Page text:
• Catherine Foster

Switch Up Your Studying with New Techniques

BY CATHERINE FOSTER


Remote learning during the COVID-19 pandemic has made studying difficult. We are constantly surrounded by distractions in our home, from phones to pets and family members, and we lack the structure and support that we normally have during in-person school. However, there are many different study methods that can motivate you and increase your productivity during this time. Here are five techniques to try:


Pomodoro Technique


If you want to work on time management and staying focused and efficient on a task, the Pomodoro Technique will be a helpful strategy. Invented by Francesco Cirillo in the 1980s, this method centers around intervals and breaks. It consists of a few simple steps:


  1. Choose a task (only one because you should only focus your attention on one task at a time).

  2. Set a timer for 25 minutes.

  3. Work only on that task until the timer rings.

  4. Take a 5 minute break!

  5. Repeat steps 1-4. After 4 rounds, take a longer break (20-30 minutes) before the next round.

The app Forest is a cute app for timing yourself and keeping track of your study sessions using the Pomodoro technique:


Image from forestapp.cc

The Feynman Technique


Oftentimes, people teach using complex language and a variety of terms you may not be familiar with. When studying, it’s important to ask yourself if you truly understand the content or if you are just repeating the complex language you were taught. The steps to the Feynman Technique below are the perfect way to test that question and assure that you truly understand the topic.


  1. Select the topic.

  2. Write down an explanation of the topic in simple words as if you were teaching a child.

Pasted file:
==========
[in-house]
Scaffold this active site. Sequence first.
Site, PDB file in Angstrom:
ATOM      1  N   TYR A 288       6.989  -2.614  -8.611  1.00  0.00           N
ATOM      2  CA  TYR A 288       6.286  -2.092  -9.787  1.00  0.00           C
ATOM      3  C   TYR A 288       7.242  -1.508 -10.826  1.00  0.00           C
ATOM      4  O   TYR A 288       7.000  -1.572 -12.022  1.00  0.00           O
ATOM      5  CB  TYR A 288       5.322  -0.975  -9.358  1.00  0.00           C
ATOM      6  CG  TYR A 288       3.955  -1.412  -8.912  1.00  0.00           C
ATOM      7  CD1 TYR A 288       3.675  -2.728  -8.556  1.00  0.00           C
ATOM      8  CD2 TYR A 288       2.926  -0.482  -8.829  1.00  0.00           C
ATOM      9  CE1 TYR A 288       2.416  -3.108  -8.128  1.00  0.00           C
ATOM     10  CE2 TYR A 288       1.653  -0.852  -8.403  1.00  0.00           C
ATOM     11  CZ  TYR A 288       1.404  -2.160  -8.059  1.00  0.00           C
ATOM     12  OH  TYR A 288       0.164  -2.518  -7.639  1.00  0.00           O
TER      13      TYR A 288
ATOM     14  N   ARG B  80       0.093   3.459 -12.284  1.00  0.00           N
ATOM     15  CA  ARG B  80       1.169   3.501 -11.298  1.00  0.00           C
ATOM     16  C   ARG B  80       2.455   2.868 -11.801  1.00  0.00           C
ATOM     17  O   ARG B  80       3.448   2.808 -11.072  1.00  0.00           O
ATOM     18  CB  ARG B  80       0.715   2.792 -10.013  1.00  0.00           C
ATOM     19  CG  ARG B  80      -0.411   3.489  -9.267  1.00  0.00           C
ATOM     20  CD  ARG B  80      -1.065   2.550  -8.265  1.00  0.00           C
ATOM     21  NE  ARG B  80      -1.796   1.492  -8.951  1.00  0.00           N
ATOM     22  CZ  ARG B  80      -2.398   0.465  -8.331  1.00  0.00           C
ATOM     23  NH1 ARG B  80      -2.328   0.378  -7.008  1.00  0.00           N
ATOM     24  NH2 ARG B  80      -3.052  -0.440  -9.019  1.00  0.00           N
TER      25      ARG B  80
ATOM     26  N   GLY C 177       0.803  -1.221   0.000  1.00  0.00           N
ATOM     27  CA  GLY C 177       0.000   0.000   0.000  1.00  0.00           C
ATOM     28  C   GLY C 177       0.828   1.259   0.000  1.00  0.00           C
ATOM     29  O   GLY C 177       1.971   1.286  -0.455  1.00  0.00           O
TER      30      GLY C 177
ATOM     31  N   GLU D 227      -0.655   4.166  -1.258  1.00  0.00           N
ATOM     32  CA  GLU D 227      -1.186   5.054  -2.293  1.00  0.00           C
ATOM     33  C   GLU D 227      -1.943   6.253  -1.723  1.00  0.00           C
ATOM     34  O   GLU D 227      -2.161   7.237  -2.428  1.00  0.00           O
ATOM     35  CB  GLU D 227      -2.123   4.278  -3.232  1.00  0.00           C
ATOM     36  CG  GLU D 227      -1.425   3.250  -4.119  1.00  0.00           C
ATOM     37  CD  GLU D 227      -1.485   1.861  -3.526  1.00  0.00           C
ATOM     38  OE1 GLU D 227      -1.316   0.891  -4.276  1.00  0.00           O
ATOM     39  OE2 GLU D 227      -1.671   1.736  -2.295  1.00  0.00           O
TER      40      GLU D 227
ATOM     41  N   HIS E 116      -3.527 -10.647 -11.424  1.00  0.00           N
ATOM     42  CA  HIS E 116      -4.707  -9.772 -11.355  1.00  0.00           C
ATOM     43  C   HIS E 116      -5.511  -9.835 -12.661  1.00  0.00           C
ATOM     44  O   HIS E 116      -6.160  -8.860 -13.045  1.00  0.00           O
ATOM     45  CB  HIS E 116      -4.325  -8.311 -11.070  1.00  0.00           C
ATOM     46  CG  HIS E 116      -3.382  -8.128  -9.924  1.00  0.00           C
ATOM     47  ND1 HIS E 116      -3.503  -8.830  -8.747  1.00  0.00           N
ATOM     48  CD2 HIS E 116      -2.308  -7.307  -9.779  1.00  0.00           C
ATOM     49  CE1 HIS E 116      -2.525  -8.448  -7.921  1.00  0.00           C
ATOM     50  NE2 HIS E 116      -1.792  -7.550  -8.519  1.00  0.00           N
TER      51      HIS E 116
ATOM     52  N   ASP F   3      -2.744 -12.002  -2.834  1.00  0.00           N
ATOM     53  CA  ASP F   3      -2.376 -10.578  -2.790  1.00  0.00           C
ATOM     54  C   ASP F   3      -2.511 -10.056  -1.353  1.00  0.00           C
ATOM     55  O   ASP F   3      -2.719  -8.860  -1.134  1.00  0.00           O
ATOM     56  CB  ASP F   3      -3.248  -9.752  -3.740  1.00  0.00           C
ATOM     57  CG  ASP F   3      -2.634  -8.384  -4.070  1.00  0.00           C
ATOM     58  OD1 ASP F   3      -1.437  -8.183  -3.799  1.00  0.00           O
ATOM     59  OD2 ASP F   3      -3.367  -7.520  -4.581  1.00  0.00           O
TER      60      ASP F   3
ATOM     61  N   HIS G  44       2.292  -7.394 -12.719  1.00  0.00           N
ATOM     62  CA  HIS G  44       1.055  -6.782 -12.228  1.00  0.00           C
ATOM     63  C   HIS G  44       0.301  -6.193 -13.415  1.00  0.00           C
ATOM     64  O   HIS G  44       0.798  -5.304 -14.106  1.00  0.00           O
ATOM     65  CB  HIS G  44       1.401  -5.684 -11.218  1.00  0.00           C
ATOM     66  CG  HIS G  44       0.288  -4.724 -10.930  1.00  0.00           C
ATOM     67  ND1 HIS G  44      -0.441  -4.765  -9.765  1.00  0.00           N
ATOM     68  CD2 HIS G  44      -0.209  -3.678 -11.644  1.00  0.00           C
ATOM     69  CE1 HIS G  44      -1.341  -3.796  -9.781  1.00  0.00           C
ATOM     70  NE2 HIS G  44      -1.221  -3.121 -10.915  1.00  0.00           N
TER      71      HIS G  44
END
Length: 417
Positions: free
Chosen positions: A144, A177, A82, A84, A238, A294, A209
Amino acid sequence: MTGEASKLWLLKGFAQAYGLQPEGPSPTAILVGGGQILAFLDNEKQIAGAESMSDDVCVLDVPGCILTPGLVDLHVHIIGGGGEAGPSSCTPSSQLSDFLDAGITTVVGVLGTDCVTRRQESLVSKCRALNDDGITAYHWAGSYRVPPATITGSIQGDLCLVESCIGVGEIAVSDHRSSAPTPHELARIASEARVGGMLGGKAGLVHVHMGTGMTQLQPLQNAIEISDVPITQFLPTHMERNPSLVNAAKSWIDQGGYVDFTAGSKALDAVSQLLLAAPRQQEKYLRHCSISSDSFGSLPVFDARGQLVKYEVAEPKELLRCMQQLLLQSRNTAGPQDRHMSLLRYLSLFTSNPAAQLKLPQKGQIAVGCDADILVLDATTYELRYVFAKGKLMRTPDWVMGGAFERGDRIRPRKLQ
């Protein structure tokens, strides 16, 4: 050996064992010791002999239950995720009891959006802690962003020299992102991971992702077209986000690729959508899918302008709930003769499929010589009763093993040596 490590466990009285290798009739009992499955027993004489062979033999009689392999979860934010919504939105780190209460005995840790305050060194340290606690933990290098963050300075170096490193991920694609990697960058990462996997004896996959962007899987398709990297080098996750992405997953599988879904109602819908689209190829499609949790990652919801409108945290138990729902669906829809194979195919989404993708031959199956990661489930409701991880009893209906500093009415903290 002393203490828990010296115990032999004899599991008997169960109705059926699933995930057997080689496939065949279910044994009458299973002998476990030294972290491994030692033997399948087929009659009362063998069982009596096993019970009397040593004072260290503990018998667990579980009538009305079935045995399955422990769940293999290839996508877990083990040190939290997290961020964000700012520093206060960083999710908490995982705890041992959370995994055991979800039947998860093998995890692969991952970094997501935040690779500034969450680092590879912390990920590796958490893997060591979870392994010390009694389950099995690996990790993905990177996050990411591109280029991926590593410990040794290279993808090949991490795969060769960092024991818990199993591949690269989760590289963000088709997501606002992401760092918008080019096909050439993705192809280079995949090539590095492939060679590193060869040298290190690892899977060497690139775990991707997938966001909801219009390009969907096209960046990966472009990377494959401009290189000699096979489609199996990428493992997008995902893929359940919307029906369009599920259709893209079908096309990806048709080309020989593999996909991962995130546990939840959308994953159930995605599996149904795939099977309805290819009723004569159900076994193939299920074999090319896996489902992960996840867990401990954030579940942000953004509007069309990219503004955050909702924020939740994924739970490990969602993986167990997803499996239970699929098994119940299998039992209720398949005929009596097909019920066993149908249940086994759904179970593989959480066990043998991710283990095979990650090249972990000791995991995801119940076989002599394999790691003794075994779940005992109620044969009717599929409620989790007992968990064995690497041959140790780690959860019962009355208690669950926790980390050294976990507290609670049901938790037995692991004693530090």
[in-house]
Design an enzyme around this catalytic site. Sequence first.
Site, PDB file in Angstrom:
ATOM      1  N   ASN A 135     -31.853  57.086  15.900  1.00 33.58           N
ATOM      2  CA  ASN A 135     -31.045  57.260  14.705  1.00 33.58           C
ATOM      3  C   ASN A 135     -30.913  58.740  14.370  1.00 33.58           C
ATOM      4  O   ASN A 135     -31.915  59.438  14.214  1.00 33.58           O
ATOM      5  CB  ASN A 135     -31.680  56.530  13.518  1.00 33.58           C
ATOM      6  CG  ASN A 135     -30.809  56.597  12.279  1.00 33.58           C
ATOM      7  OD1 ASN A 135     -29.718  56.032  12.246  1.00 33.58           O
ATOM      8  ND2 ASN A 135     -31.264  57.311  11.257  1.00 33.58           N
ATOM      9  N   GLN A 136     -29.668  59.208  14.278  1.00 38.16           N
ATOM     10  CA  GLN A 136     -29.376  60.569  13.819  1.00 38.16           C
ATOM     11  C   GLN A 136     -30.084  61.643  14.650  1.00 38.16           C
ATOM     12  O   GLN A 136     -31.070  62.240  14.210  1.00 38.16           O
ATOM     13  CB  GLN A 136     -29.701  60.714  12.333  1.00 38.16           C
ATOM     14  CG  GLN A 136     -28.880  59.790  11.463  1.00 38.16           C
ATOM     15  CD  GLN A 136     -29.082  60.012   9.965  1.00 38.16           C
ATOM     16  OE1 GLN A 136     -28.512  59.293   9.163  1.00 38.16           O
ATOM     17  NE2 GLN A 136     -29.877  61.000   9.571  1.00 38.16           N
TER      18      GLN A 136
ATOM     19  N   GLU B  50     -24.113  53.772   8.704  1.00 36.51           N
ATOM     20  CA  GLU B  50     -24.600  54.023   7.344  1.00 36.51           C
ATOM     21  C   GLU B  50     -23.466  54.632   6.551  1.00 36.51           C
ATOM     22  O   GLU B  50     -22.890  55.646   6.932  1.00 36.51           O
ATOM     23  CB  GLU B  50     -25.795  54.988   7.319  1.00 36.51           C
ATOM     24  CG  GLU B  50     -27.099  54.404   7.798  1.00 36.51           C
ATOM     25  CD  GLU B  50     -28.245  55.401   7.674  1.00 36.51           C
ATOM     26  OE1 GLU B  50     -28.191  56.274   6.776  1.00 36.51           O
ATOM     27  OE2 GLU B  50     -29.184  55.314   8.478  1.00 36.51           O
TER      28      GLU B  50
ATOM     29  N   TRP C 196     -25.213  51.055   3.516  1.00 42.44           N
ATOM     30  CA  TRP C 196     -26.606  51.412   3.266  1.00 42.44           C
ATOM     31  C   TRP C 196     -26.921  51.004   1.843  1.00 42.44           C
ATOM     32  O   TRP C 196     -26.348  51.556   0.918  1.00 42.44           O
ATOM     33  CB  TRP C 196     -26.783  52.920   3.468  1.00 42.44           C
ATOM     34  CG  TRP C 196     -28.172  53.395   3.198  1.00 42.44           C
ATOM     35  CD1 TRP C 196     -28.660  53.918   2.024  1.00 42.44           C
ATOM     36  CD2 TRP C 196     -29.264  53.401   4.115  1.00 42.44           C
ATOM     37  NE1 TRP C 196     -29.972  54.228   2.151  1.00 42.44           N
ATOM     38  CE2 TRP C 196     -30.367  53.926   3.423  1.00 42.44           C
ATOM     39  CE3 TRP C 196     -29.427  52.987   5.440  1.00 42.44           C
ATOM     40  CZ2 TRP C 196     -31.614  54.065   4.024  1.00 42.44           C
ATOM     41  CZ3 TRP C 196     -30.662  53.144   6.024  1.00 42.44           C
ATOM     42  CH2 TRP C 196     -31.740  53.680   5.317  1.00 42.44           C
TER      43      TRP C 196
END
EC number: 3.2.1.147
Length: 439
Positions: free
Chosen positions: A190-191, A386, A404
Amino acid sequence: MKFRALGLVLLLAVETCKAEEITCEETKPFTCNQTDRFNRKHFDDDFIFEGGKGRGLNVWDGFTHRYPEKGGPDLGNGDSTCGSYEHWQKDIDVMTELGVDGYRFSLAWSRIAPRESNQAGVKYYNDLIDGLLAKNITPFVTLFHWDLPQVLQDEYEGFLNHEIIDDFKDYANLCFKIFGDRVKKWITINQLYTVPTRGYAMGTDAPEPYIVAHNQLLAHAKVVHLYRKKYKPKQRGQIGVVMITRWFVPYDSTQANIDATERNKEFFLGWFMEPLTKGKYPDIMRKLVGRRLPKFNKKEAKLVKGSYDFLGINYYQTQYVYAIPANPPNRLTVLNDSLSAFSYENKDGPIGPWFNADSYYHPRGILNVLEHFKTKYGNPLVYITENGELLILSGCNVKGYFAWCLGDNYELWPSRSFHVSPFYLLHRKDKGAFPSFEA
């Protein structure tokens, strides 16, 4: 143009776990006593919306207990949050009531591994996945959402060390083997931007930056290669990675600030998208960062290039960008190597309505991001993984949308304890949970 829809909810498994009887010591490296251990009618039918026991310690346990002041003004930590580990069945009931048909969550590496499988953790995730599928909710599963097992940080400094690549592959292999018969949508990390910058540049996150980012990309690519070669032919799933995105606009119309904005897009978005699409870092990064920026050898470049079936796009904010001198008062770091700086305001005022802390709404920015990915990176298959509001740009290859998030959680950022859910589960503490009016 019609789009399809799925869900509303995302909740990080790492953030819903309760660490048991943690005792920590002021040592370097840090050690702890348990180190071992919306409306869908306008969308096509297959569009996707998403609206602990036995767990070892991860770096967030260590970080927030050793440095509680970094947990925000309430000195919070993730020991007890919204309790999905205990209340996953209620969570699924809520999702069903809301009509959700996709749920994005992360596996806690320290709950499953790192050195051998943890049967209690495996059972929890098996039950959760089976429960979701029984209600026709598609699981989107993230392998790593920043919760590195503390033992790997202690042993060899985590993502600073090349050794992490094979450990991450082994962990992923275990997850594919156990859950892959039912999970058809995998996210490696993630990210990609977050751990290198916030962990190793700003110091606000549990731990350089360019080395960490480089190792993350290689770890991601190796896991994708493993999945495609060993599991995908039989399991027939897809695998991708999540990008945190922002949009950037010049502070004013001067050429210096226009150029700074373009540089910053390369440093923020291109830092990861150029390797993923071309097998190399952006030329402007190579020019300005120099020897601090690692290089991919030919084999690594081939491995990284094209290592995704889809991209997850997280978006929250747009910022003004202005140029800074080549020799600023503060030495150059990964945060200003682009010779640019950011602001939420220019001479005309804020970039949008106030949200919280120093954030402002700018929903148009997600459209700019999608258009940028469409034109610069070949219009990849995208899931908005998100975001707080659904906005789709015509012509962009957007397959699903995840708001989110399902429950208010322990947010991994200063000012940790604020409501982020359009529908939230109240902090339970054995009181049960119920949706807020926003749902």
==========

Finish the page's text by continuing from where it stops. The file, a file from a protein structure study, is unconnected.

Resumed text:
3. After you’ve finished writing, read your explanation. Pay attention to how clear, concise, and simple it is.

  4. Find the gaps in your knowledge. If there are parts where your explanation is unclear or you had to use complex language to explain it, then you should review those parts.


Changing your studying location


Your study location can have a big impact on your productivity and studying success. Here are some location ideas:


  1. Avoid working on your bed (it can be both physically and mentally bad).

  2. Although switching up your study location can be helpful, it’s also good to have a specific area (like a desk) reserved for studying so your brain can go into “study mode.”

  3. Know what type of environment is best for you. Do you need complete silence like in a library, or do you need a place with background noise?

  4. When the weather is good, read outside!

  5. You could try studying in a much more unusual spot, like in your bathroom (I’ve done this before when I needed to finish writing a paper!). There’s fewer distractions than in typical study spaces and it might shock your brain into focusing.


Teach


This is similar to the Feynman Technique because it centers around explaining a topic in simple terms so that anyone could understand it. But unlike the written Feynman Technique, you will be speaking out loud. Talking through the topic by teaching is a great way to process the material, make connections, and ingrain the information in your memory.


Find a parent, a sibling, a neighbor, a friend, or anyone who will listen, and explain the topic to them. And if there’s no one to teach, you could film yourself teaching to pretend that you have an audience. If you can teach the topic with ease, that shows you have a deep understanding. If it’s tricky, it will help you find specific areas of the topic that are a challenge for you and you’ll know what to study.


Plan and organize - and have fun with it!


Organization is essential for successful studying and productivity. It will help you avoid unnecessary stress and save time, and if you embrace organization, you can get creative and have fun with it.


A great way to plan and organize is to use a bullet journal. You can design it however you want and tailor it to your needs. Fill the journal with calendars and schedules, to-do lists, goals, drawings, etc. This page has ideas (with pictures) for pages to inspire your bullet journaling journey.


Image from Masha Plans via Good Housekeeping

If you’d rather do your planning online, try Notion, an online workspace that you can organize and customize however you like. Below are some examples of Notion work-spaces:

Image from Notion.so
Image from keepproductive.com

Good luck with your studying!